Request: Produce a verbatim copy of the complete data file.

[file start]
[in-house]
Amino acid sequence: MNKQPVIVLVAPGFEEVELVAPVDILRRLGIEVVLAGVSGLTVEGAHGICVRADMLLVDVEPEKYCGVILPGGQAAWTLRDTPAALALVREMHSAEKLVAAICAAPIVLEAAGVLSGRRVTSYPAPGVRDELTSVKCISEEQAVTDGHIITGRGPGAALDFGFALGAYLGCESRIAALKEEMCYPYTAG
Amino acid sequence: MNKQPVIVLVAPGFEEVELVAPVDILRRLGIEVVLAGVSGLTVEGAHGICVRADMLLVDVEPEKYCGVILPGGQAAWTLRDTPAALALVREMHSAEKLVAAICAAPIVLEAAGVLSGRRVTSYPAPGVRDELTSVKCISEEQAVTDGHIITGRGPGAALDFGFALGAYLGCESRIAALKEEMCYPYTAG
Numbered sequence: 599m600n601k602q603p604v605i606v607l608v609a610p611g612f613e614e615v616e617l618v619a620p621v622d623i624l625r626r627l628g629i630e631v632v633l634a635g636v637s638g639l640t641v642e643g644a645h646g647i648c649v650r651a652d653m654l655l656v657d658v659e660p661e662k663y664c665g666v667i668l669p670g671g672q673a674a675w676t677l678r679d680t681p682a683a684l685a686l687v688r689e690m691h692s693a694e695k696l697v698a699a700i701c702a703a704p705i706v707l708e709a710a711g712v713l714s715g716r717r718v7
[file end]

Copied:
[in-house]
Amino acid sequence: MNKQPVIVLVAPGFEEVELVAPVDILRRLGIEVVLAGVSGLTVEGAHGICVRADMLLVDVEPEKYCGVILPGGQAAWTLRDTPAALALVREMHSAEKLVAAICAAPIVLEAAGVLSGRRVTSYPAPGVRDELTSVKCISEEQAVTDGHIITGRGPGAALDFGFALGAYLGCESRIAALKEEMCYPYTAG
Amino acid sequence: MNKQPVIVLVAPGFEEVELVAPVDILRRLGIEVVLAGVSGLTVEGAHGICVRADMLLVDVEPEKYCGVILPGGQAAWTLRDTPAALALVREMHSAEKLVAAICAAPIVLEAAGVLSGRRVTSYPAPGVRDELTSVKCISEEQAVTDGHIITGRGPGAALDFGFALGAYLGCESRIAALKEEMCYPYTAG
Numbered sequence: 599m600n601k602q603p604v605i606v607l608v609a610p611g612f613e614e615v616e617l618v619a620p621v622d623i624l625r626r627l628g629i630e631v632v633l634a635g636v637s638g639l640t641v642e643g644a645h646g647i648c649v650r651a652d653m654l655l656v657d658v659e660p661e662k663y664c665g666v667i668l669p670g671g672q673a674a675w676t677l678r679d680t681p682a683a684l685a686l687v688r689e690m691h692s693a694e695k696l697v698a699a700i701c702a703a704p705i706v707l708e709a710a711g712v713l714s715g716r717r718v7